Due to financial constraints arising from the War of the League of Augsburg and the War of the Spanish Succession, no significant work on the gardens was undertaken until 1704. Between 1704 and 1709, bosquets were modified – some quite radically with new names suggesting the new austerity that characterized the latter years of Louis XIV’s reign.
With the departure of the king and court from Versailles in 1715 following the death of Louis XIV, the palace and gardens entered an era of uncertainty. Fortunately, 7 years later Louis XV and the court returned to Versailles.
Seeming to heed his great-grandfather’s admonition not to engage in excessive spending, Louis XV did not undertake the costly building campaigns at Versailles that Louis XIV had. During the reign of Louis XV, the only significant addition to the gardens was the completion of the Bassin de Neptune (1738-1741).
Rather than expend resources on modifying the gardens at Versailles, Louis XV – an avid botanist – directed his efforts at Trianon. In the area now occupied by the Hameau de la Reine, Louis XV constructed and maintained les jardins botaniques – the botanical gardens.
In 1761, Louis XV commissioned Ange-Jacques Gabriel to build the Petit Trianon as a residence that would allow him to spend more time near the jardins botaniques. It was at the Petit Trianon that Louis XV fell fatally ill with smallpox. The king died at Versailles on 10 May 1774.
Upon Louis XVI’s ascension to the throne, the gardens of the Versailles underwent a transformation that recalled the fourth building campaign of Louis XIV. Engendered by a change in outlook as advocated by Jean-Jacques Rousseau and the philosophes (the intellectuals of the French Enlightenment), the winter of 1774-1775 witnessed a complete replanting of the gardens. Trees and shrubbery dating from the reign of Louis XIV were felled or uprooted with the intent of transforming the jardins français of Le Nôtre and Hardouin-Mansart into an English-style garden.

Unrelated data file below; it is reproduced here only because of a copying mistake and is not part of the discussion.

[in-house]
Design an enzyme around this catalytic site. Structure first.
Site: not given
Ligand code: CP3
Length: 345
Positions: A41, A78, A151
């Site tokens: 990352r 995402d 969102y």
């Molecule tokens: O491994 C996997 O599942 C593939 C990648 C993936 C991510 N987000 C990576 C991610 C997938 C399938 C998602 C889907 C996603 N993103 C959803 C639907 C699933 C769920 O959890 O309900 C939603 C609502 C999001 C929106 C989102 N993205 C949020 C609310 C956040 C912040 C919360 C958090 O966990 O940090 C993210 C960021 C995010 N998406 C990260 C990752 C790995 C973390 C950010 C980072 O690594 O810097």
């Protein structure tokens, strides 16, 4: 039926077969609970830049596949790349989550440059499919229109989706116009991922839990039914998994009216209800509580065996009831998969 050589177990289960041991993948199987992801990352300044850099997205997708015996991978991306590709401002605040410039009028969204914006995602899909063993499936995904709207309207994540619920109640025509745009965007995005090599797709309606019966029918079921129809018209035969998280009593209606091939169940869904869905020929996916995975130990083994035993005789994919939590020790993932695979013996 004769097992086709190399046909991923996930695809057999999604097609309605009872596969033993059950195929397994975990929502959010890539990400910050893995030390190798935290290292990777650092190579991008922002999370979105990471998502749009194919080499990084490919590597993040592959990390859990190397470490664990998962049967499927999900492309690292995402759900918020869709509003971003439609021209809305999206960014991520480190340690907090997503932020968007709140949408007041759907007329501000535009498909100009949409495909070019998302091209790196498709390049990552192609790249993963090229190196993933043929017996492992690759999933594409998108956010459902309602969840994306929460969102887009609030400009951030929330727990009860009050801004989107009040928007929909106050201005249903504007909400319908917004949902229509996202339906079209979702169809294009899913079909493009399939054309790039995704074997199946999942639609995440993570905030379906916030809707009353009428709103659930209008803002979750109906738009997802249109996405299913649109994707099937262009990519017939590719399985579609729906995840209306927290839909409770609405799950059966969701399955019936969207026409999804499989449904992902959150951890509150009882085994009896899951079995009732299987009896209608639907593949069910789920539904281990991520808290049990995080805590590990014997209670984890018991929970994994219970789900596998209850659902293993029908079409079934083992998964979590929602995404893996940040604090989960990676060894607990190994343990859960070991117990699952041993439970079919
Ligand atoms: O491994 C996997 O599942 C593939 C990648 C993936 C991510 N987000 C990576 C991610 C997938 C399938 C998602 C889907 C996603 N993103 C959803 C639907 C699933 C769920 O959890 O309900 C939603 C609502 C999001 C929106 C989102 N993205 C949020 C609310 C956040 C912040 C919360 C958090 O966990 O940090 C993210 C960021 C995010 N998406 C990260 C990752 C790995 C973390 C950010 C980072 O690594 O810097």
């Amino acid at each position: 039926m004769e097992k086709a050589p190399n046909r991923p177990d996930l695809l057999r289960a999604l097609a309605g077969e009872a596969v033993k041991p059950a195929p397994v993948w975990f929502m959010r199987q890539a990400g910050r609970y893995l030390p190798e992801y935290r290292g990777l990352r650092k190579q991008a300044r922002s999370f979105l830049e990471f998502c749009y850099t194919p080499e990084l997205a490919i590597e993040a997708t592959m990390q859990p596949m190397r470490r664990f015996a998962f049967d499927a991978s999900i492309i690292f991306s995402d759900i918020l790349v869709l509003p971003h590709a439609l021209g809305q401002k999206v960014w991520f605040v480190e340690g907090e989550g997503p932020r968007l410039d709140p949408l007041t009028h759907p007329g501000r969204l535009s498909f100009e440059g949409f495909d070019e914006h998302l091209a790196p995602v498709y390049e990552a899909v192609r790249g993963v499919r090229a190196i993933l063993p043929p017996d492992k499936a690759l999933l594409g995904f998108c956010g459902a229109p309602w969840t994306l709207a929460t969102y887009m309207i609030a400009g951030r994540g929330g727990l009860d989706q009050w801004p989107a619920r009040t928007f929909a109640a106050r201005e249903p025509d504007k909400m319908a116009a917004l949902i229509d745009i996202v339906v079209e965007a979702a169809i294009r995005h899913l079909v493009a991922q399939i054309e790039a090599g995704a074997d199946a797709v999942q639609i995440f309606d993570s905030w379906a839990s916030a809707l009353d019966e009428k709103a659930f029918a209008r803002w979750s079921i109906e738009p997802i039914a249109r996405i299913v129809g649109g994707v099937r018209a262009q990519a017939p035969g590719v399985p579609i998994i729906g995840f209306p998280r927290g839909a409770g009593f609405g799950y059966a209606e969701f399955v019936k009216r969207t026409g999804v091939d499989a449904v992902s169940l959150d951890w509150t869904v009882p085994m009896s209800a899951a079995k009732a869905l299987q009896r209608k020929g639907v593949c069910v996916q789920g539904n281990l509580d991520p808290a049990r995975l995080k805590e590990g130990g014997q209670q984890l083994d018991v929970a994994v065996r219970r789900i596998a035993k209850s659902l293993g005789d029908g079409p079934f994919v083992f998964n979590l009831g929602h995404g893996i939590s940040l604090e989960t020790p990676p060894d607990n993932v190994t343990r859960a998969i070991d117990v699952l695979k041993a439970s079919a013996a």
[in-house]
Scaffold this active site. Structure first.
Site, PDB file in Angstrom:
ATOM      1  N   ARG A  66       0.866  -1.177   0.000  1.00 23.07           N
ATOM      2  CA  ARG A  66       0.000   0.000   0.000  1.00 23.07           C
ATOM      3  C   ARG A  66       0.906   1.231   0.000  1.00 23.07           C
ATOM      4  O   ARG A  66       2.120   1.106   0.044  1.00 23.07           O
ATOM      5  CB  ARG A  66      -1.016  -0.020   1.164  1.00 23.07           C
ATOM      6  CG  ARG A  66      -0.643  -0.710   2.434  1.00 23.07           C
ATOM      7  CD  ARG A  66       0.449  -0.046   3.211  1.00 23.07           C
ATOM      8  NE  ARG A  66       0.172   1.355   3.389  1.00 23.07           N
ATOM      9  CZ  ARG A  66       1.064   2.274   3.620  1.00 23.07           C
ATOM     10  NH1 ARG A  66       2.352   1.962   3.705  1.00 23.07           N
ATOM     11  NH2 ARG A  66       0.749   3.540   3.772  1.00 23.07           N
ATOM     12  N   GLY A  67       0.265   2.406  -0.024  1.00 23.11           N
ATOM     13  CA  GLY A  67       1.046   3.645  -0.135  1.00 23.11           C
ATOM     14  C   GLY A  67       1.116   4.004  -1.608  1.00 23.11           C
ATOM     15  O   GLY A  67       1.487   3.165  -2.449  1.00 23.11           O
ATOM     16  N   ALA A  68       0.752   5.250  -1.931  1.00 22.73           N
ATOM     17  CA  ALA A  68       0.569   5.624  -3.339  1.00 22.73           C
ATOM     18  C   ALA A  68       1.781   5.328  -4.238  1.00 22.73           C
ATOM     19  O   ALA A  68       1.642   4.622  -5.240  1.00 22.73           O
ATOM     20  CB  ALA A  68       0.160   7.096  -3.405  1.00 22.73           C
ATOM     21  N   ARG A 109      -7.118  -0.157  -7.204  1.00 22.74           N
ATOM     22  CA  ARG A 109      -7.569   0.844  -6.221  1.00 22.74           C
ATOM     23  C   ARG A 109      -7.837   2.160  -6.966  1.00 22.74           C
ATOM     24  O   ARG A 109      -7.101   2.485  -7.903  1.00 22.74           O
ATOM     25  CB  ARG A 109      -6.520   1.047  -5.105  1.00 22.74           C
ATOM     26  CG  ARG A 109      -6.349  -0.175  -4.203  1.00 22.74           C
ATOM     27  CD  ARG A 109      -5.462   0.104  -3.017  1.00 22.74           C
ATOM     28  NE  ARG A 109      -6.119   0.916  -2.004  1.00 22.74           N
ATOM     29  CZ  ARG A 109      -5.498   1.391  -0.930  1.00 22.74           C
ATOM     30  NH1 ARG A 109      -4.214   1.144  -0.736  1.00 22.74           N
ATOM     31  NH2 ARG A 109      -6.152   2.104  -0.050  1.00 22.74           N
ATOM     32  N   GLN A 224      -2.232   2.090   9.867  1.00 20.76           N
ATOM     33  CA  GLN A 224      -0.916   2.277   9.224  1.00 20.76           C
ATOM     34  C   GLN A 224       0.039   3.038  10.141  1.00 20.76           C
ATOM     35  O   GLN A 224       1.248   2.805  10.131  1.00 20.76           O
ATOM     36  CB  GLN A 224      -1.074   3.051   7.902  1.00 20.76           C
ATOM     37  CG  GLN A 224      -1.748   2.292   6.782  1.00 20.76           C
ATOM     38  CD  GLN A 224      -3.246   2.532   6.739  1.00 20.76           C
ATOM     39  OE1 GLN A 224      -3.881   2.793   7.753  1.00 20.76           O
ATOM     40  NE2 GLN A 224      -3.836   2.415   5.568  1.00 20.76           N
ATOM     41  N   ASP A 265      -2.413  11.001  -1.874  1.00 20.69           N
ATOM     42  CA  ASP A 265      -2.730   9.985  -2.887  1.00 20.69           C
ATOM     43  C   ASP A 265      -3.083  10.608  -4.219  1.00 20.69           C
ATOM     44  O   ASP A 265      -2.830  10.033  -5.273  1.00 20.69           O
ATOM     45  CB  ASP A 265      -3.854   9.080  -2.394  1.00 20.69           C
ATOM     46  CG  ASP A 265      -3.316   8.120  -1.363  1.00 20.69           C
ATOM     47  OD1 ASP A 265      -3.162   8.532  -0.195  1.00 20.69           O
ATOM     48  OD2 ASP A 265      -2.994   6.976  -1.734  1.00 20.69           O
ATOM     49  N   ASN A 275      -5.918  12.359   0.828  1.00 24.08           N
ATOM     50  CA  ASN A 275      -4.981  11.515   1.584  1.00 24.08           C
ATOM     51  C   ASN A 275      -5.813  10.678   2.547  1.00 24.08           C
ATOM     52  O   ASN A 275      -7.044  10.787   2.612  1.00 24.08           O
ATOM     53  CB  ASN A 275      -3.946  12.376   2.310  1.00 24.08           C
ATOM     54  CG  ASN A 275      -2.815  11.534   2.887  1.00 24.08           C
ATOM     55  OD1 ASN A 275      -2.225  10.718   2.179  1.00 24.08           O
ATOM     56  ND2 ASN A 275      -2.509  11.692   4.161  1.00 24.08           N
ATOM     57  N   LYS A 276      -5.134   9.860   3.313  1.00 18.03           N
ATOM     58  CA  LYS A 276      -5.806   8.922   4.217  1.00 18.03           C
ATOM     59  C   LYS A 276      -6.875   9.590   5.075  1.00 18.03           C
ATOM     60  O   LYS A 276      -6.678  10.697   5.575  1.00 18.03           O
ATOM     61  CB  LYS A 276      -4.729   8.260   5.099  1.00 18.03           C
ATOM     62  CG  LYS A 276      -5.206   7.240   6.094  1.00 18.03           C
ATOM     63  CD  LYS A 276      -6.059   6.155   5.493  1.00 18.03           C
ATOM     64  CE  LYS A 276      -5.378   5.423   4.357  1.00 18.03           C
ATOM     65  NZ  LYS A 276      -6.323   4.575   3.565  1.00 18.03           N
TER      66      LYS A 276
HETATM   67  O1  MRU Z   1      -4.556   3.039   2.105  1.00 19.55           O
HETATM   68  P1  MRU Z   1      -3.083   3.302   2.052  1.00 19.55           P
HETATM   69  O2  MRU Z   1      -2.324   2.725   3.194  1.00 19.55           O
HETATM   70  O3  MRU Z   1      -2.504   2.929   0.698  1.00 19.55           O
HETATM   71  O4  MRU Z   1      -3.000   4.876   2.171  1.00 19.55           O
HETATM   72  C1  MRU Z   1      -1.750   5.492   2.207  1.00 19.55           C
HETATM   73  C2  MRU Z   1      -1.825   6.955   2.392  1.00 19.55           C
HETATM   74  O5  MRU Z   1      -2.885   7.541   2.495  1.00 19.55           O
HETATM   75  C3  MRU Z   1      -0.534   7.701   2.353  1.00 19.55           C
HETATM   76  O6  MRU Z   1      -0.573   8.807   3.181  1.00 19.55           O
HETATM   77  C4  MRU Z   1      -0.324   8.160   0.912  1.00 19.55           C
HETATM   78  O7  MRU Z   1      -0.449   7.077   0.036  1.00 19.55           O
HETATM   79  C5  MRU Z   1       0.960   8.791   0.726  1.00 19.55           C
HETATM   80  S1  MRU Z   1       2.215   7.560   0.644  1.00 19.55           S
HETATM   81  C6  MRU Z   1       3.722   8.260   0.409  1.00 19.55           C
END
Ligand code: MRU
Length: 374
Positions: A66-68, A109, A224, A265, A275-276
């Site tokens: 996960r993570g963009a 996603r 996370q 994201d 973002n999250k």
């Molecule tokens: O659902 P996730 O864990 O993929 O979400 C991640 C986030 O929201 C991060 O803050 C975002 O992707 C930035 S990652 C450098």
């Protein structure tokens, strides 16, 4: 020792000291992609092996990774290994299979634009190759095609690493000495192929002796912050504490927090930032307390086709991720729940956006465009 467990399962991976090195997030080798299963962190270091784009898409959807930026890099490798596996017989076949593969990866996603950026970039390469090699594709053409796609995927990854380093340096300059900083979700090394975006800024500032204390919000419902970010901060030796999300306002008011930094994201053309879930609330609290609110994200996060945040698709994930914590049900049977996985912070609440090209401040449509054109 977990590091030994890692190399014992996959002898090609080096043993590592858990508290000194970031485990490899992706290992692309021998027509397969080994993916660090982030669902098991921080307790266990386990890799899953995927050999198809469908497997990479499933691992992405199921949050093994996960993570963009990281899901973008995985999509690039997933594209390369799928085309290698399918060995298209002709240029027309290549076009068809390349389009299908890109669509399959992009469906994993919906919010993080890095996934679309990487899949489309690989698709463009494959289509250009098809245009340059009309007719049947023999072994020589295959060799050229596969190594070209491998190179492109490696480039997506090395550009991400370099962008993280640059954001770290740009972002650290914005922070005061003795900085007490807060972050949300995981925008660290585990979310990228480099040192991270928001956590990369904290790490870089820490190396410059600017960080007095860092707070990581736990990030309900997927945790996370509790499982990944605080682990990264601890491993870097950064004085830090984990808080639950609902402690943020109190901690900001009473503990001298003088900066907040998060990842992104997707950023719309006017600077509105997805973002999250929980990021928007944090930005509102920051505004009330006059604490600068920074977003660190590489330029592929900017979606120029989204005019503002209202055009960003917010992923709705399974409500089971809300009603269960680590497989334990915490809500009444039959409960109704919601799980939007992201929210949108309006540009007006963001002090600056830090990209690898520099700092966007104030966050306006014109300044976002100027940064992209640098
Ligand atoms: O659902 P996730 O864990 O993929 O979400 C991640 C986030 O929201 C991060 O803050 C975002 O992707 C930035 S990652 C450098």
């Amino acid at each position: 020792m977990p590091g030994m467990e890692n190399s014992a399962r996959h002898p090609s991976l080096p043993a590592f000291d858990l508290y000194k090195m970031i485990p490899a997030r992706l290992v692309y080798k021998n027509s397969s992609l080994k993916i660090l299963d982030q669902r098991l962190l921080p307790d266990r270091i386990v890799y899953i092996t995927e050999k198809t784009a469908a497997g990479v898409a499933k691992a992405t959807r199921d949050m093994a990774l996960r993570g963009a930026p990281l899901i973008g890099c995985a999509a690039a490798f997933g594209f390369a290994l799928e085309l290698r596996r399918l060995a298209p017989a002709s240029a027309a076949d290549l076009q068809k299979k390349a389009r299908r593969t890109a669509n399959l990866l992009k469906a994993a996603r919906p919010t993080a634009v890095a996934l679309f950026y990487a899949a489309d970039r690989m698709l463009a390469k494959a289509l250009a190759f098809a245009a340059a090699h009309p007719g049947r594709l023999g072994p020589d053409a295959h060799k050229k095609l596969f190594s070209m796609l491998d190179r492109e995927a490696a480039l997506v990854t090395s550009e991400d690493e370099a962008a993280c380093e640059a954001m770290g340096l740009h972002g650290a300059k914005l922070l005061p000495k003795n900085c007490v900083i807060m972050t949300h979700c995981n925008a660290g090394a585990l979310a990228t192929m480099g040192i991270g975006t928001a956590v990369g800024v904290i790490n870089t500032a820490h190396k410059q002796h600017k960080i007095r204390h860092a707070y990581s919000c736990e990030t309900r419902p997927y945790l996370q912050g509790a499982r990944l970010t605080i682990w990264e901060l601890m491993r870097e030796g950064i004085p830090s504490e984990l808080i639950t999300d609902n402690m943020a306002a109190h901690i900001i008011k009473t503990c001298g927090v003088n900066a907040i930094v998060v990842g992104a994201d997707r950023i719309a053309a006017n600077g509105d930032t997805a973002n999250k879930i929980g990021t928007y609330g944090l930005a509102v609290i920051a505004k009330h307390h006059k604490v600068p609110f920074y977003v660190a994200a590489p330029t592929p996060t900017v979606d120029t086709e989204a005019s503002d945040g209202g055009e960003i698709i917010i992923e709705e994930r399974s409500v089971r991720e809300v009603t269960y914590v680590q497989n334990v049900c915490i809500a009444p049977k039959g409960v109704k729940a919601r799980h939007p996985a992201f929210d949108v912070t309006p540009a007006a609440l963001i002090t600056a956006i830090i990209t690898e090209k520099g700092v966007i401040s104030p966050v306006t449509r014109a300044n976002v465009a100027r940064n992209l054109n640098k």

The attempt to convert Le Nôtre’s masterpiece into an English-style garden failed to achieve its desired goal. Owing largely to the topology of the land, the English aesthetic was abandoned and the gardens replanted in the French style. However, with an eye on economy, Louis XVI ordered the palisades – the labour-intensive clipped hedging that formed walls in the bosquets – to be replaced with rows of lime trees or chestnut trees.
Additionally, a number of the bosquets dating from the time of the Sun King were extensively modified or destroyed. The most significant contribution to the gardens during the reign of Louis XVI was the Grotte des Bains d’Apollon. The rockwork grotto set in an English style bosquet was the masterpiece of Hubert Robert in which the statues from the Grotte de Thétys were placed.